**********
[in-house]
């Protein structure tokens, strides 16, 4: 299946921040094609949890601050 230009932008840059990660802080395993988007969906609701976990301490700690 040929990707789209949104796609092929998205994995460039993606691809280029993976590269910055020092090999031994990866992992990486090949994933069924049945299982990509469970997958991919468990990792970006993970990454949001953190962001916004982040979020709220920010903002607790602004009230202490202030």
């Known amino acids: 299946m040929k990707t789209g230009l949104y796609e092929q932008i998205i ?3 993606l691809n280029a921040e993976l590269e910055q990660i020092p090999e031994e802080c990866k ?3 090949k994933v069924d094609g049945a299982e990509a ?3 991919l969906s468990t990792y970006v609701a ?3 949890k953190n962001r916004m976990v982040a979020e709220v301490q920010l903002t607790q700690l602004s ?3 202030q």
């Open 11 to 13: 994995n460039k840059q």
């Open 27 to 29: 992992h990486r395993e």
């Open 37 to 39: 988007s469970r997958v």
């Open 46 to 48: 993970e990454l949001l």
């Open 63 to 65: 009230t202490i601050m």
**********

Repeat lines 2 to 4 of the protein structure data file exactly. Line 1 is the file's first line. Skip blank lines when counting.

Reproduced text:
């Protein structure tokens, strides 16, 4: 299946921040094609949890601050 230009932008840059990660802080395993988007969906609701976990301490700690 040929990707789209949104796609092929998205994995460039993606691809280029993976590269910055020092090999031994990866992992990486090949994933069924049945299982990509469970997958991919468990990792970006993970990454949001953190962001916004982040979020709220920010903002607790602004009230202490202030």
């Known amino acids: 299946m040929k990707t789209g230009l949104y796609e092929q932008i998205i ?3 993606l691809n280029a921040e993976l590269e910055q990660i020092p090999e031994e802080c990866k ?3 090949k994933v069924d094609g049945a299982e990509a ?3 991919l969906s468990t990792y970006v609701a ?3 949890k953190n962001r916004m976990v982040a979020e709220v301490q920010l903002t607790q700690l602004s ?3 202030q």
């Open 11 to 13: 994995n460039k840059q």